Matters of faith
The arrest of four members of the little known Quranist group has sparked a wide-ranging religious debate, reports Karim El-Khashab
When security forces arrested a four-member group of Quranists on charges of defaming Islam last month, and the state security prosecutor ordered their remand in custody pending investigation, they could have little anticipated the debate the move would provoke.
Quranists believe that only the Quran, and not the Sunna -- Prophet Mohamed's sayings and doings -- should form the framework for Islamic thought and practice, a position seen as verging on heresy by many Islamic scholars.
The four detainees are believed to be led by Islamic thinker Ahmed Sobhi Mansour. They are either relatives of Mansour, or else worked with him when he was in Egypt. Mansour, who lives in the US, has published several books and articles suggesting that the process of compiling the hadith (the prophet's sayings) was inherently flawed, and that many sayings attributed to the prophet may well not have been uttered by him. Mansour, and other Quranists, argue that the Quran should be the only source of Islamic thought, noting that the Sunna has been tainted with many inaccurate hadiths and is therefore not a reliable source for understanding Islam.
Following the arrests, Mansour's homes in Cairo and Sharqiya were searched by the State Security.
Quranists are a relatively new import to Egypt. According to Islamic scholar Abdel-Fatah Asakir, it is a train of thought that only emerged in Egypt in the second half of the 20th century. Mainstream Islamic thought promotes the Quran as the primary text in Islamic jurisprudence but maintains that scholars also rely on the hadith, and the Sunna, in issuing fatwas.
Fathi Mohamed, a 25-year-old follower of Mansour, told Al-Ahram Weekly the aim of the group is to filter elements that have led to the emergence of extremism and fundamentalism from Islam.
"If you look at many extremists you will find that they rely on the hadith and not the Quran," argues Mohamed, who remains keen, nonetheless, to stress that Quranists do not reject the hadith and Sunna out of hand. "We differentiate between issues like how to pray, fast and perform the Haj, practices passed down from generation to generation, and issues that are open to interpretation," he said.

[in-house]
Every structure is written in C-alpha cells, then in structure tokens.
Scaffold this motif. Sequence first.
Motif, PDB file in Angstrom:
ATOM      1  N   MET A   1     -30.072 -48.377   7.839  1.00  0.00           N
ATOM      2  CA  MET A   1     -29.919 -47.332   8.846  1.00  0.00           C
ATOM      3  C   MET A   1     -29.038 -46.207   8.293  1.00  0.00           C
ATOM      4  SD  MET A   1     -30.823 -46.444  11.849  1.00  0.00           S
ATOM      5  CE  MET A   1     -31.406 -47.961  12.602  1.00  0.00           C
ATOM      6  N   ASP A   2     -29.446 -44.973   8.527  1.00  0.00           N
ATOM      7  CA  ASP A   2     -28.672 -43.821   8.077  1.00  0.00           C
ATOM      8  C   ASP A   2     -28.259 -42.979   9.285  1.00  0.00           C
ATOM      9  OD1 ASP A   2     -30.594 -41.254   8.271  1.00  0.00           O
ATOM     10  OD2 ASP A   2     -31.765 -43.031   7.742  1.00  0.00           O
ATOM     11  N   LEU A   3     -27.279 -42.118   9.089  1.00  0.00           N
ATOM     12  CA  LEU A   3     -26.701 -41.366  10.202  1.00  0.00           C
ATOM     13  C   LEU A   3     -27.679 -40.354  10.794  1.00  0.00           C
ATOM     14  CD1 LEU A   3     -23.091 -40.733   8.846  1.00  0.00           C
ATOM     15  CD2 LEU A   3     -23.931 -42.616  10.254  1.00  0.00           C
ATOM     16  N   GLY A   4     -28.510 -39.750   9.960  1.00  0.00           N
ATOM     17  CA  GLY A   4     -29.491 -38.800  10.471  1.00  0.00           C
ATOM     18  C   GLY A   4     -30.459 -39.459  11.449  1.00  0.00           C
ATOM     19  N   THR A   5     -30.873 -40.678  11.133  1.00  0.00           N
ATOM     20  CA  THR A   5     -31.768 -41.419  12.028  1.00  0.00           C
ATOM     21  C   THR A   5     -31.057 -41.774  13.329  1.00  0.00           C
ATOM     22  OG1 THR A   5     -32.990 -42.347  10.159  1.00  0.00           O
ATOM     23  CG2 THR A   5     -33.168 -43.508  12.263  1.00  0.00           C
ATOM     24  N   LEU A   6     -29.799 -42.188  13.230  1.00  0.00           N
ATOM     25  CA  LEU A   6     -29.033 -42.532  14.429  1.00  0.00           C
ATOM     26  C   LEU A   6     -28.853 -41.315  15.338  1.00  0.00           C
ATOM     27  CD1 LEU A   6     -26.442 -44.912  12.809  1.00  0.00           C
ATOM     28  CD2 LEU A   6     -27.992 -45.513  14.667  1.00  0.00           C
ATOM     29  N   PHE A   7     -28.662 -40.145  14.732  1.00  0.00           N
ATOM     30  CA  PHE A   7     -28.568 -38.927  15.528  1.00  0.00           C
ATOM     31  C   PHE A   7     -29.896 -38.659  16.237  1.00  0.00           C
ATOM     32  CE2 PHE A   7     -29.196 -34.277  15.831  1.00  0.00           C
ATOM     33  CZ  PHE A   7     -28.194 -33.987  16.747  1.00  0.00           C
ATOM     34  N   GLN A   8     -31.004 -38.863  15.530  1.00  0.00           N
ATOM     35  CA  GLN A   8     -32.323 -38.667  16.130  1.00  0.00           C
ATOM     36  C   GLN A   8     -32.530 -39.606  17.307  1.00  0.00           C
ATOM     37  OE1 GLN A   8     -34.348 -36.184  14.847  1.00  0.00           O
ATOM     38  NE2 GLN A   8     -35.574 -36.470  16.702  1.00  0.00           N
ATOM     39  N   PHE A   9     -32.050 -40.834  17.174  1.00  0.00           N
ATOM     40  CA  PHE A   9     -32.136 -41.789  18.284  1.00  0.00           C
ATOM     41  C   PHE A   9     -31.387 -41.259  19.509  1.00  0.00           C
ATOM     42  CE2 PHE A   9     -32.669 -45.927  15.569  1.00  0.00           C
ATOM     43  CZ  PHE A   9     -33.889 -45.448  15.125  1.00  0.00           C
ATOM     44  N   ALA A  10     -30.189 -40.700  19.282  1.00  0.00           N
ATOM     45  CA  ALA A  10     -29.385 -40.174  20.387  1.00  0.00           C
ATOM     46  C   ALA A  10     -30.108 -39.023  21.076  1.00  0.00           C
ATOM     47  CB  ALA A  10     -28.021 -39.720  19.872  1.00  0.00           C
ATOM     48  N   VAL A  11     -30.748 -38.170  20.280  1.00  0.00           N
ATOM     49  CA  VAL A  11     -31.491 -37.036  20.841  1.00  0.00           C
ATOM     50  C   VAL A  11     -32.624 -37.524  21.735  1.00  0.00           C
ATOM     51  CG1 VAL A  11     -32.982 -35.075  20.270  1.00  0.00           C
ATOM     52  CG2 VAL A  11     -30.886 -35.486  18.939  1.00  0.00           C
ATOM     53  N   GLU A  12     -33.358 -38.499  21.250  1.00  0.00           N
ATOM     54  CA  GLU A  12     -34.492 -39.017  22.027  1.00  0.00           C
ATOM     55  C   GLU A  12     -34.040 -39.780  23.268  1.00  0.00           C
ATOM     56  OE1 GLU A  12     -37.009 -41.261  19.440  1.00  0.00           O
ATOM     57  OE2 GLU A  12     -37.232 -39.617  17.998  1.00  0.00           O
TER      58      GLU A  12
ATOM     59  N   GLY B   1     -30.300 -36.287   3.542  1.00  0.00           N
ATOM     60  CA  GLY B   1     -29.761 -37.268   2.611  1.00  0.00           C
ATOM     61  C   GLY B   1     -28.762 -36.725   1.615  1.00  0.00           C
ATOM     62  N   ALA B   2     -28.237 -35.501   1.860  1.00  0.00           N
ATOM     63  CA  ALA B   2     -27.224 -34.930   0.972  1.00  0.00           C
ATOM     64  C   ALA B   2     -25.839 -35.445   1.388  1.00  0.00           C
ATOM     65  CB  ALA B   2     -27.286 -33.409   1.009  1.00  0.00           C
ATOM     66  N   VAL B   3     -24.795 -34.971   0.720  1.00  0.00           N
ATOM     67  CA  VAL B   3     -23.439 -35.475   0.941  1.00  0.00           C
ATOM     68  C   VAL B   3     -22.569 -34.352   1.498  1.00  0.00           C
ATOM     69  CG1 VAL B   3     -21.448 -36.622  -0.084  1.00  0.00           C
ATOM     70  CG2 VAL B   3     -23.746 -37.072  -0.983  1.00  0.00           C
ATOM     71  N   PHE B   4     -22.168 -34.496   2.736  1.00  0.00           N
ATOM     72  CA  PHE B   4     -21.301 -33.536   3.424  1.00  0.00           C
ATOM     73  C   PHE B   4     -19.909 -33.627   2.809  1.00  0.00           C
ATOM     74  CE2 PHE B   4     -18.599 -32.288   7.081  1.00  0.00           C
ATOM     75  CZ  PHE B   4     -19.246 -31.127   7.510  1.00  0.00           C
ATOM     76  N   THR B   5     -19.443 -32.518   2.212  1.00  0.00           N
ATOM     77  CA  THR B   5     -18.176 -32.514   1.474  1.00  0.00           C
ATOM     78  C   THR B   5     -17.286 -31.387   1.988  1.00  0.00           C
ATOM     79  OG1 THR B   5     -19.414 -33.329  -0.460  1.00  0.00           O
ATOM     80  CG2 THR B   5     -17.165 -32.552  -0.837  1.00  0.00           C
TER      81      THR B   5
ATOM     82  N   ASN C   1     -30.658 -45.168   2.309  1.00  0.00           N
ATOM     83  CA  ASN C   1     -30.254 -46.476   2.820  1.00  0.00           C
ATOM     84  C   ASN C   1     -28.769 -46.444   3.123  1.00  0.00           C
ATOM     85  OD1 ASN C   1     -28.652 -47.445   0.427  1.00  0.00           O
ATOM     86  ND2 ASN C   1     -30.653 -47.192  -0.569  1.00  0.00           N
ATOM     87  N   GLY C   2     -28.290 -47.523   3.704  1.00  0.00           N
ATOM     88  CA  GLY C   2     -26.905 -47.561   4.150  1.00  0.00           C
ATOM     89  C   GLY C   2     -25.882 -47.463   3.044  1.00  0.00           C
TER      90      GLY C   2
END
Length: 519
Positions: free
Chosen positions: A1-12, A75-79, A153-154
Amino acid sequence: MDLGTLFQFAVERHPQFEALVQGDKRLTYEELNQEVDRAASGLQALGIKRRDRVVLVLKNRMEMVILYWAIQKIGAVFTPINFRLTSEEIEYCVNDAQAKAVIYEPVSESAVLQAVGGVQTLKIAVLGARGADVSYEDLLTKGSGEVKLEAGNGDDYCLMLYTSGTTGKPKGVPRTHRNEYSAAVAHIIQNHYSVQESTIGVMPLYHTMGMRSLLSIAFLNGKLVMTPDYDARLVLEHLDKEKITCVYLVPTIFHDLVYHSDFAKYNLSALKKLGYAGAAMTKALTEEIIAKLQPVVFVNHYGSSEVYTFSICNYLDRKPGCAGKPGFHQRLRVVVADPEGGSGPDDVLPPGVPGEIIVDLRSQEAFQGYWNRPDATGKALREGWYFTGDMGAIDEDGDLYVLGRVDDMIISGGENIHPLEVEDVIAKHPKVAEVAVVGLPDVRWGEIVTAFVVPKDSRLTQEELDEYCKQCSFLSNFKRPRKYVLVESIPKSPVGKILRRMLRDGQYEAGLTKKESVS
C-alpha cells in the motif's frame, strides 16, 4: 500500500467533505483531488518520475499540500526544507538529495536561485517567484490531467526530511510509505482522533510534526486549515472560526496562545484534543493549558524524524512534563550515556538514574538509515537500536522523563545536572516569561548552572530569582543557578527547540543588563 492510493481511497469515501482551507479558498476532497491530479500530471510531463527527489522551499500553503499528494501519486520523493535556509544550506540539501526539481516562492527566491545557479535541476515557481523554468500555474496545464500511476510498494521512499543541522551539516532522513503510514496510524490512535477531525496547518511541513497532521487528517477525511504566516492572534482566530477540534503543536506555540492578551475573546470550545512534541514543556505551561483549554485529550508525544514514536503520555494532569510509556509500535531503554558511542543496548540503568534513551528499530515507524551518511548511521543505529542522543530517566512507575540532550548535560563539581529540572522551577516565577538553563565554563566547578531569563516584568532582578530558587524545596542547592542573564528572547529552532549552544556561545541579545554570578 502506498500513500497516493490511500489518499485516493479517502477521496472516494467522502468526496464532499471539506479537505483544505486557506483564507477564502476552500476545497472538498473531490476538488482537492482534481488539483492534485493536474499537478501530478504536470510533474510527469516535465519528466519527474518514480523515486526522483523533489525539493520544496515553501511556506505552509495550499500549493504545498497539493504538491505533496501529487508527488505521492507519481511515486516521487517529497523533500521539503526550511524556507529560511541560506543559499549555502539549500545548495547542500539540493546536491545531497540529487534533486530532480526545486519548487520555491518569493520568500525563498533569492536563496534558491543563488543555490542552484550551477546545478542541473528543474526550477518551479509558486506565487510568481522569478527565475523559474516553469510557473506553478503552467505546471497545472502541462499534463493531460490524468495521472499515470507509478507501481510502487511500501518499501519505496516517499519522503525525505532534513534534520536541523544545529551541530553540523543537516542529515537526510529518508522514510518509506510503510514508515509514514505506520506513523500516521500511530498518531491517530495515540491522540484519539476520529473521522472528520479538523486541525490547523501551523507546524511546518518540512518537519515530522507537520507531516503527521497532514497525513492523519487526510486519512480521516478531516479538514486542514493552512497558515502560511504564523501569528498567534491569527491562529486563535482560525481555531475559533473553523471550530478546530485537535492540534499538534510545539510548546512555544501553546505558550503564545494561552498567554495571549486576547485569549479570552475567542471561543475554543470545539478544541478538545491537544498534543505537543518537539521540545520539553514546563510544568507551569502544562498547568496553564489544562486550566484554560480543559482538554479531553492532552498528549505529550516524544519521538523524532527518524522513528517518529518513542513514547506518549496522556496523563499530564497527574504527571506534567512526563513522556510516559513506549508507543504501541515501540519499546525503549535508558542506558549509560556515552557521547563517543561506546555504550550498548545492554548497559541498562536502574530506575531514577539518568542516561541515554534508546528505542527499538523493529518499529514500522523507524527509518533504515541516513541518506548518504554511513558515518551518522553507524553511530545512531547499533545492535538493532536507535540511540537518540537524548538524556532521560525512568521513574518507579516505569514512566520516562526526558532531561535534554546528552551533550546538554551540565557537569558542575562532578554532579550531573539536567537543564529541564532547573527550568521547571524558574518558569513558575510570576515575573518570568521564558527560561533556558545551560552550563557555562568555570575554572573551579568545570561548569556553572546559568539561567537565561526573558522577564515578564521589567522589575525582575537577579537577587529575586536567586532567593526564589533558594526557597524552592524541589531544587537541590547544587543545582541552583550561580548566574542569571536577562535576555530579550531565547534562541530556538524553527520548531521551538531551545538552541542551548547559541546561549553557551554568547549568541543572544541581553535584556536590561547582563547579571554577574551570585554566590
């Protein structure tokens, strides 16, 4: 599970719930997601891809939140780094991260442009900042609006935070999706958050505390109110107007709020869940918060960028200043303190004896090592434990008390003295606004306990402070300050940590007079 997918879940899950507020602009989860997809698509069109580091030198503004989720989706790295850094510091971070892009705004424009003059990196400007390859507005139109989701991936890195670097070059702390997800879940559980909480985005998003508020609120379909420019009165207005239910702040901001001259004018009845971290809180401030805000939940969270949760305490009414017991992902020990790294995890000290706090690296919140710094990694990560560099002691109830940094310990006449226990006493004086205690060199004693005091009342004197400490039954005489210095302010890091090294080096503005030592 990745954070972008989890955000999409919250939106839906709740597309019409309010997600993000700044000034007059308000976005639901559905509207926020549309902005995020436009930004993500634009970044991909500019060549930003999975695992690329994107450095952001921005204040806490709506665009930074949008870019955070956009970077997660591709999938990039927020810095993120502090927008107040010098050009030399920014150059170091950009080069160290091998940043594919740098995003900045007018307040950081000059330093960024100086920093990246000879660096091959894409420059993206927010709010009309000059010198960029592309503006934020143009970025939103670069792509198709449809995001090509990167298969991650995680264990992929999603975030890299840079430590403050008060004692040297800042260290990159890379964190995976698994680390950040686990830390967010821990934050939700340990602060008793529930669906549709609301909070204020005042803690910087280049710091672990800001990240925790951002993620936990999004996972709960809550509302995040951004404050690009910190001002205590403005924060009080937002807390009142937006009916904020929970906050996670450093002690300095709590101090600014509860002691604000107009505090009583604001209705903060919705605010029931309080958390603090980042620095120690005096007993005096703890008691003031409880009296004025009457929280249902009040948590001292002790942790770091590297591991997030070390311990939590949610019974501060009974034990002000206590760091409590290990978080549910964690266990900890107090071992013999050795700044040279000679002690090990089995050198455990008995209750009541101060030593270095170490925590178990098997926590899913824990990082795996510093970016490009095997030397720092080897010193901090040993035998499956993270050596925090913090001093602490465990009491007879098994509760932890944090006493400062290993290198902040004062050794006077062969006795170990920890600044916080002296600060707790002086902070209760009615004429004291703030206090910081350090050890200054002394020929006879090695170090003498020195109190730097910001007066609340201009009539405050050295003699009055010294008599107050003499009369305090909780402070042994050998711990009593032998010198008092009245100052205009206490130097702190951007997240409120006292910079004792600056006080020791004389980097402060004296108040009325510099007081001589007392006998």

Mona, a fellow Quranist, adds that such an approach has been growing in popularity for some time. It only attracted the attention Al-Azhar, however, and as a consequence the attention of State Security, security body, when Quranists launched a website that contained criticisms of many of Al-Azhar's recent pronouncements.
Naasa Ali, sister of one of the four men arrested, describes how State Security officers raided her brother's apartment in the early hours of the morning, taking away CDs, books and computers.
"I don't understand why this has all happened now," she said, noting that her brother and his associates have long published their work either online or in print and have never worked in secret or as an underground organisation. "Most of the members declare their views openly and don't hide from anyone. So why are they being treated like terrorists?" she asks, pointing out the irony that their avowed aim is to counteract extremism.
But Ahmed Basyouni, a professor of Islamic jurisprudence at Al-Azhar University, insists the Quranists have gone too far. "The Quran itself is very clear," he says. "It mentions that Muslims must follow the word of God and the ways of the prophet and there can be no argument there." Denying the doings and sayings of the prophet, accuses Basyouni, is to deny Islam.
"These types of ideas are extremely dangerous and if we allow them to spread they will lead even more people astray."
Similar views were echoed by the grand imam of Al-Azhar, Sheikh Mohamed Sayed Tantawi, who told reporters outside his office that the State Security has every right to arrest anyone who tarnishes the image of Islam. Asked by Al-Ahram Weekly where freedom of speech fits into the picture, he insisted the law was clear. "We respect freedom of speech but the law clearly places limitations on matters of faith."
Islamic scholar Gamal El-Banna, while admitting that there are problems with the hadith and the way by which it was collected, thinks the Quranists have taken matters far. "I don't think that Quranists are heretics, but I do think they need to ease up their views a little," says El-Banna.
NGOs and human rights organisations, including the Ibn Khaldun Centre, headed by sociologist and human rights activist Saadeddin Ibrahim, condemned the arrest as well as the state's meddling in religious debates. One of the four detainees is employed at the centre, and was in charge of monitoring the recent Shura Council elections.